The Revolt of Pontiac and the American Invasion

The Militia and Fatigue Duties

This disastrous defeat called into doubt the defensibility of Canada in the event of another invasion. In the spring of 1777 Governor Carleton had proclaimed a Militia Act, the first since the French regime had ended. Generally speaking, the Act maintained the provisions that had been in force since 1669. All men aged 16 to 60 able to bear arms were to join the militia. Grouped into parish companies, they were required to take part in drill and civilian duties, including fatigue duties. Something new, however, was that English residents were now subject to the Act, though their obligations were in fact not entirely the same. The Canadians, moreover, complained that "the English residents and craftsmen, who are numerous enough in Canada," 47 were never called upon for the difficult construction and maintenance duties.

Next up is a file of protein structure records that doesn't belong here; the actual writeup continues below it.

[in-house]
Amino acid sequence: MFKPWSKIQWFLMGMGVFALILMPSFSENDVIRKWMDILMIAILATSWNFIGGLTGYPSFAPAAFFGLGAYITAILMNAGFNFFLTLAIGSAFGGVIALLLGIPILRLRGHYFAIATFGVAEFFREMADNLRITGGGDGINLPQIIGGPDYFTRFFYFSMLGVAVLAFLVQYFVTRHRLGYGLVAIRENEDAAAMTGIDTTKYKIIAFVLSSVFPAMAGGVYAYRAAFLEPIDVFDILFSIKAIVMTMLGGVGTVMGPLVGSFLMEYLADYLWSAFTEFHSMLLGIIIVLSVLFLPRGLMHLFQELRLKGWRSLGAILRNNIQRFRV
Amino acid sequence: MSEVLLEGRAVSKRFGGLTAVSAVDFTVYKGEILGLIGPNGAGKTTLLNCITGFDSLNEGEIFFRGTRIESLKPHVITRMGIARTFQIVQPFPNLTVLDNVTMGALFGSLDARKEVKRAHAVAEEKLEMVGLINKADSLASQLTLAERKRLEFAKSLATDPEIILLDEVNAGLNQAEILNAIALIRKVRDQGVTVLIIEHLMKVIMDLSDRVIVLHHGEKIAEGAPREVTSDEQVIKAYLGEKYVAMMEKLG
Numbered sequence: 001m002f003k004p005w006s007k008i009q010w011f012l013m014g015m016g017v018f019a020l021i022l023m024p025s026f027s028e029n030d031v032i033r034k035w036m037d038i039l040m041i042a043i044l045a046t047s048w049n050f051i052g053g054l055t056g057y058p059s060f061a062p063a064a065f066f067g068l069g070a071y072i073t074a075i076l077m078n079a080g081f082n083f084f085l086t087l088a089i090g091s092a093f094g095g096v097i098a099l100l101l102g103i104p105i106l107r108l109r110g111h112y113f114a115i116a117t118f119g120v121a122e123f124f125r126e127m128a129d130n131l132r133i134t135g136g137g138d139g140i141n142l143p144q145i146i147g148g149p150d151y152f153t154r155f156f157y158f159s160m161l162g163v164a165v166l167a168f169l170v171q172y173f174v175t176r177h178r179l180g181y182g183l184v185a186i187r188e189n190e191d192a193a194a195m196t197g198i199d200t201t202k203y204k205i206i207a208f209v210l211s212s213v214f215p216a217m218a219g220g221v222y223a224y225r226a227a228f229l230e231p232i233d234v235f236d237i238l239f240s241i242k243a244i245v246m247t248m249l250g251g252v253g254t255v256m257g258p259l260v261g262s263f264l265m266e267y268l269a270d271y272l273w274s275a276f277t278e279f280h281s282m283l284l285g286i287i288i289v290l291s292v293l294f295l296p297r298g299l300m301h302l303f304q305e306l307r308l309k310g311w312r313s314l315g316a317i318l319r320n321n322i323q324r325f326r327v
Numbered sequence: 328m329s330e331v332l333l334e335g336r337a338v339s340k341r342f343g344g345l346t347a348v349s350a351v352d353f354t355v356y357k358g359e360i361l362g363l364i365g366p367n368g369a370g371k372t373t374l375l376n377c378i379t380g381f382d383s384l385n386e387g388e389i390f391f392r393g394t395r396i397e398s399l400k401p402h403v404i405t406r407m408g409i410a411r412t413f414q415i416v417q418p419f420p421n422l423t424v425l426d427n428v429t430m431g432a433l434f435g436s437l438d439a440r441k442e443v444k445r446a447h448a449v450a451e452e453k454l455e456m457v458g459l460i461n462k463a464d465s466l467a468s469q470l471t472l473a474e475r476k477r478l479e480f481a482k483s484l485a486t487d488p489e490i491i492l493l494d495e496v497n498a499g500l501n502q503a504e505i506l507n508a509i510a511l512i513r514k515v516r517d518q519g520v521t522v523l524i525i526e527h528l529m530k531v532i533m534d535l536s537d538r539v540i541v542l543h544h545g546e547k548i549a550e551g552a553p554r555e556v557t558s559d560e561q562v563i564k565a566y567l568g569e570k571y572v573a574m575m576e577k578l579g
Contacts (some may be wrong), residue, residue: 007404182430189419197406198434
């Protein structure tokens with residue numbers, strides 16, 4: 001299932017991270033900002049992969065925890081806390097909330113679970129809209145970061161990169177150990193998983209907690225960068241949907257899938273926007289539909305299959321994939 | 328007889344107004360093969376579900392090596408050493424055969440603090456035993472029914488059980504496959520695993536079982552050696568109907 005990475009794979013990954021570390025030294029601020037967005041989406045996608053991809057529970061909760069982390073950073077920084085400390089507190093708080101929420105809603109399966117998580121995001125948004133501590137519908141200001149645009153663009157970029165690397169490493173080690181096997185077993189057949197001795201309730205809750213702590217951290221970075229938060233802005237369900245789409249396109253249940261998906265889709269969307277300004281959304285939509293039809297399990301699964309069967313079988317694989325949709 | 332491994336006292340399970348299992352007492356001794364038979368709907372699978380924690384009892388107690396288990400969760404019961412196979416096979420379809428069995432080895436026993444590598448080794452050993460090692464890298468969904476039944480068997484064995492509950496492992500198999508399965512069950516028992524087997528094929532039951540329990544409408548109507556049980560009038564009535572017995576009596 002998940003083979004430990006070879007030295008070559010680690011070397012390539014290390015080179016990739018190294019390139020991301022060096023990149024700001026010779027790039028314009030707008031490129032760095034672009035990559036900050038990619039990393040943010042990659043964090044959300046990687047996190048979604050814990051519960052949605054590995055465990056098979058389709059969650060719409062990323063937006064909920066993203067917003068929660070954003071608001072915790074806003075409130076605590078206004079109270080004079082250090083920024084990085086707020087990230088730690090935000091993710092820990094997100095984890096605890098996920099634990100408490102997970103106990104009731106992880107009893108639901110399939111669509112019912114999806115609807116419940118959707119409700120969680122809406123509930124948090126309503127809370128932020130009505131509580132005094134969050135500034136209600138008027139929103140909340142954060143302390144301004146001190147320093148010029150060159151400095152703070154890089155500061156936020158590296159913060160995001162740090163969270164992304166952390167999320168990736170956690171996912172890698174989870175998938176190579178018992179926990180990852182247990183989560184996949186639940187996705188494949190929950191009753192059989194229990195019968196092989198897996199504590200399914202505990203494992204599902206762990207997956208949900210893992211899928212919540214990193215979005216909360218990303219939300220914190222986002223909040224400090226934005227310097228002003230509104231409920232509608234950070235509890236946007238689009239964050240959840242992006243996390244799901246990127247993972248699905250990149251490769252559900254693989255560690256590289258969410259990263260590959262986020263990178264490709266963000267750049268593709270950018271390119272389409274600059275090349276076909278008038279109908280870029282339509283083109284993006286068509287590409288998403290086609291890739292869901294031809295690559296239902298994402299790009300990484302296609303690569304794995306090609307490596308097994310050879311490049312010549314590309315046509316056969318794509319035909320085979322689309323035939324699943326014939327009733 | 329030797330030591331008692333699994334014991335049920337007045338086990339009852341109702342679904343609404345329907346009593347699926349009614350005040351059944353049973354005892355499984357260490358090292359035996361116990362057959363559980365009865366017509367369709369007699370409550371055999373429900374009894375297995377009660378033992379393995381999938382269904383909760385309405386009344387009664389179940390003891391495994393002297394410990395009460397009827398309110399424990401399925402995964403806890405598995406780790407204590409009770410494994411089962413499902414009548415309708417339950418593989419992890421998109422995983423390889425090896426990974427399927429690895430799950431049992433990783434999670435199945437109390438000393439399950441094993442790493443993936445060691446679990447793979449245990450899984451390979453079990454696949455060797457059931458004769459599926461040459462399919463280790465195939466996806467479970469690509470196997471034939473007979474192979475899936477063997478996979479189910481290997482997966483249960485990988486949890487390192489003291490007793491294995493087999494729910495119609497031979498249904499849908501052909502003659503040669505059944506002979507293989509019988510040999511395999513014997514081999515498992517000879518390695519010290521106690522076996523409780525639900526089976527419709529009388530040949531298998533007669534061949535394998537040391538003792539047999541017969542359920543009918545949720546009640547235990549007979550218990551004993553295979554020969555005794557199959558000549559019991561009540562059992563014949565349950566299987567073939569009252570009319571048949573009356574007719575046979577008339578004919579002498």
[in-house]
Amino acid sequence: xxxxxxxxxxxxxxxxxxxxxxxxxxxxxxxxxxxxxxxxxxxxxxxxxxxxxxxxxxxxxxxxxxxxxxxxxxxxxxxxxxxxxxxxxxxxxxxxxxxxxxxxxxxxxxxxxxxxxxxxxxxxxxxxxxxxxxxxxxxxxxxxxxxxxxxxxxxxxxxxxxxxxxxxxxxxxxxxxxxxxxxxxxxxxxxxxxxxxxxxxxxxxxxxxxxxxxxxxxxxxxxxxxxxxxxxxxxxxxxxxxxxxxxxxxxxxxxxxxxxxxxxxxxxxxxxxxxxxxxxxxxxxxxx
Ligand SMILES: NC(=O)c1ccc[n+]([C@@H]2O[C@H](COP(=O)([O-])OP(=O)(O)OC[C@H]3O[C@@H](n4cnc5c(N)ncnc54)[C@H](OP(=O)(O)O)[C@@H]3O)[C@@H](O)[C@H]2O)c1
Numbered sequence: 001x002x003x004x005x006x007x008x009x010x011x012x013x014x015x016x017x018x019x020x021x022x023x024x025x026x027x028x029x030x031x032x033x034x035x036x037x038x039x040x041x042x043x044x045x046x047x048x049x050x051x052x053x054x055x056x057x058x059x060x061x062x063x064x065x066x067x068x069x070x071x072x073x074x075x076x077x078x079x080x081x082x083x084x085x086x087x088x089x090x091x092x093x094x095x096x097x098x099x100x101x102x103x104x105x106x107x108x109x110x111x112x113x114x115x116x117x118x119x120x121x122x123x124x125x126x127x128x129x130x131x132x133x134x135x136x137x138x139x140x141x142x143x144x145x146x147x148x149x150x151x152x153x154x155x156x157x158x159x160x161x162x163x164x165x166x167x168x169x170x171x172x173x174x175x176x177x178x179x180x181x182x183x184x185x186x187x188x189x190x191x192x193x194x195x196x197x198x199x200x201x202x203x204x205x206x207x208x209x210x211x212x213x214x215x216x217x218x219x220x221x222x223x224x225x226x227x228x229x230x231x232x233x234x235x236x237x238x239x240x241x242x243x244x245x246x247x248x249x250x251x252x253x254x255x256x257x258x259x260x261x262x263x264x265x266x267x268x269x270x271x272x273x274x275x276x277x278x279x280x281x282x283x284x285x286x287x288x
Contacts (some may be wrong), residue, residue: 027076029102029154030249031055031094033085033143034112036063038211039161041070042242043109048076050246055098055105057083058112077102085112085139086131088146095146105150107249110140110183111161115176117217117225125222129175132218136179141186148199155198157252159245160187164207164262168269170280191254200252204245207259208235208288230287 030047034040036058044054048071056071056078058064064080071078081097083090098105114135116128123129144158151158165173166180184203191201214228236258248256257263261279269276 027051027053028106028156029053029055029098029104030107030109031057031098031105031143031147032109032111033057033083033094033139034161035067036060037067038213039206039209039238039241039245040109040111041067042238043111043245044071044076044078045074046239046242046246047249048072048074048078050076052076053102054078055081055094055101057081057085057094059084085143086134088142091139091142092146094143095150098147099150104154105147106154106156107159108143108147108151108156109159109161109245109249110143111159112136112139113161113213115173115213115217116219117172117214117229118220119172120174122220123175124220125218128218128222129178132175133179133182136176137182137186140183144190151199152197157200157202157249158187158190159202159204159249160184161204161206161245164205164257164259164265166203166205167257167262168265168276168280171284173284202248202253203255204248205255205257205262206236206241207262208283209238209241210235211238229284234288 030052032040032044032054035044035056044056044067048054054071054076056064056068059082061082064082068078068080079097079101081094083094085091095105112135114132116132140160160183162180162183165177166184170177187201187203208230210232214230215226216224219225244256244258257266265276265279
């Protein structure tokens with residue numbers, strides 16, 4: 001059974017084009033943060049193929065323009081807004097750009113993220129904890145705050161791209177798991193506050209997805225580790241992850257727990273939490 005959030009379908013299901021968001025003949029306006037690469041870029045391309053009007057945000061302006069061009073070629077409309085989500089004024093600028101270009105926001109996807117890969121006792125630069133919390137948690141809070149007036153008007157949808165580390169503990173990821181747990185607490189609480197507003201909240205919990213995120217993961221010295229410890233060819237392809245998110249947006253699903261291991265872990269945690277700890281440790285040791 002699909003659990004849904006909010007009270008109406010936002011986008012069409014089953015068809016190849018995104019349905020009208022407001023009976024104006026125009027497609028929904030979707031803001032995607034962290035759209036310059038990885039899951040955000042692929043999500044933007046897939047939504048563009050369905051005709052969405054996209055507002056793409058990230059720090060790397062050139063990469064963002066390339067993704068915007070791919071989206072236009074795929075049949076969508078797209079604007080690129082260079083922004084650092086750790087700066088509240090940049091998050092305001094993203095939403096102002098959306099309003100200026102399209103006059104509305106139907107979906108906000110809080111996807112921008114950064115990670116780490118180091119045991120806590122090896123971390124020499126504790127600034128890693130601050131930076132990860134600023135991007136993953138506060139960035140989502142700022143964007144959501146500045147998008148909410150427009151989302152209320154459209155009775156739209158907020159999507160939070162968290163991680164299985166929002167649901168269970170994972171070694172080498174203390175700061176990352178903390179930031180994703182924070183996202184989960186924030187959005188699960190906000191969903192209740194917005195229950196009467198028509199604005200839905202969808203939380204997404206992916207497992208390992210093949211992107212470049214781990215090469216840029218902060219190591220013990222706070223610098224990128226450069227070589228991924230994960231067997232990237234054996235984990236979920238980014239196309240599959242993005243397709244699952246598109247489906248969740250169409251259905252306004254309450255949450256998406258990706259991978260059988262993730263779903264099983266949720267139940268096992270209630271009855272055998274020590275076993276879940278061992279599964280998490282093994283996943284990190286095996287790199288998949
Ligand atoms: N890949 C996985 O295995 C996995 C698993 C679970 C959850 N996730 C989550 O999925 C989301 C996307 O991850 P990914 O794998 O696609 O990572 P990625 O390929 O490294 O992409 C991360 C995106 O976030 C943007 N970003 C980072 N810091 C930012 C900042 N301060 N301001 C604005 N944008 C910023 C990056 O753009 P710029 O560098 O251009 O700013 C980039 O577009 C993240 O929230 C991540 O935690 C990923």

In March 1778 an incident in Mascouche aggravated this uneasiness: many militiamen "refused to obey their captain," who was described as "a drunk." Although it appeared relatively harmless on the surface, the matter grew in importance when the Montreal commander sent to the village a detachment of soldiers, "who pillaged nearly all the houses and raped several girls and women ... a terrible punishment that even barbarians do not practise among themselves." The news spread quickly throughout the countryside. Carleton did not intervene to punish those responsible, and many believed that he tacitly approved of such conduct. This event, added to the injustice of the fatigue duties, led to the Canadians becoming even more neutral. One of them noted, "How can they expect Canadians, after such harsh treatment, to take up arms on their behalf?" 48